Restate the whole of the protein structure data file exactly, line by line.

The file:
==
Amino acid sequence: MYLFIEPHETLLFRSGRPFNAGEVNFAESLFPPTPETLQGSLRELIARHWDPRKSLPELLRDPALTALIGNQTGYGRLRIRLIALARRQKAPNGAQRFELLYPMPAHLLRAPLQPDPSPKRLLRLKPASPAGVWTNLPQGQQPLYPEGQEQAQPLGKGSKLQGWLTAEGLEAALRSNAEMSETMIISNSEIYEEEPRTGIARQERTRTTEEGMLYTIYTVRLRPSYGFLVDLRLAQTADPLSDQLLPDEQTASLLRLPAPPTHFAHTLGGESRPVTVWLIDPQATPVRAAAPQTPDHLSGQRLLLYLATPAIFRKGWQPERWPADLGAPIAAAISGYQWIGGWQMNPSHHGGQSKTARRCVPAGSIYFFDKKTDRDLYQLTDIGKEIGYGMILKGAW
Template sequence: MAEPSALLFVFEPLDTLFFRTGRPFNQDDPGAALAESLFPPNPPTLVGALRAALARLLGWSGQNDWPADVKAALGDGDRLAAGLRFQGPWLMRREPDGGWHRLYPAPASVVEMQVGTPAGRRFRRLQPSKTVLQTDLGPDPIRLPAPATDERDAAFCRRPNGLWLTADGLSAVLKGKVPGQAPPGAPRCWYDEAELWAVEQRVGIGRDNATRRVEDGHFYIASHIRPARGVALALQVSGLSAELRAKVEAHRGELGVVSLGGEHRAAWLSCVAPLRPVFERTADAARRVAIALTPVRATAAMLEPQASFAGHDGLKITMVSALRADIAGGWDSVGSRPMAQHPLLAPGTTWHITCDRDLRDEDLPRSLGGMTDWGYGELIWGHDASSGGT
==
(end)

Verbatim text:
Amino acid sequence: MYLFIEPHETLLFRSGRPFNAGEVNFAESLFPPTPETLQGSLRELIARHWDPRKSLPELLRDPALTALIGNQTGYGRLRIRLIALARRQKAPNGAQRFELLYPMPAHLLRAPLQPDPSPKRLLRLKPASPAGVWTNLPQGQQPLYPEGQEQAQPLGKGSKLQGWLTAEGLEAALRSNAEMSETMIISNSEIYEEEPRTGIARQERTRTTEEGMLYTIYTVRLRPSYGFLVDLRLAQTADPLSDQLLPDEQTASLLRLPAPPTHFAHTLGGESRPVTVWLIDPQATPVRAAAPQTPDHLSGQRLLLYLATPAIFRKGWQPERWPADLGAPIAAAISGYQWIGGWQMNPSHHGGQSKTARRCVPAGSIYFFDKKTDRDLYQLTDIGKEIGYGMILKGAW
Template sequence: MAEPSALLFVFEPLDTLFFRTGRPFNQDDPGAALAESLFPPNPPTLVGALRAALARLLGWSGQNDWPADVKAALGDGDRLAAGLRFQGPWLMRREPDGGWHRLYPAPASVVEMQVGTPAGRRFRRLQPSKTVLQTDLGPDPIRLPAPATDERDAAFCRRPNGLWLTADGLSAVLKGKVPGQAPPGAPRCWYDEAELWAVEQRVGIGRDNATRRVEDGHFYIASHIRPARGVALALQVSGLSAELRAKVEAHRGELGVVSLGGEHRAAWLSCVAPLRPVFERTADAARRVAIALTPVRATAAMLEPQASFAGHDGLKITMVSALRADIAGGWDSVGSRPMAQHPLLAPGTTWHITCDRDLRDEDLPRSLGGMTDWGYGELIWGHDASSGGT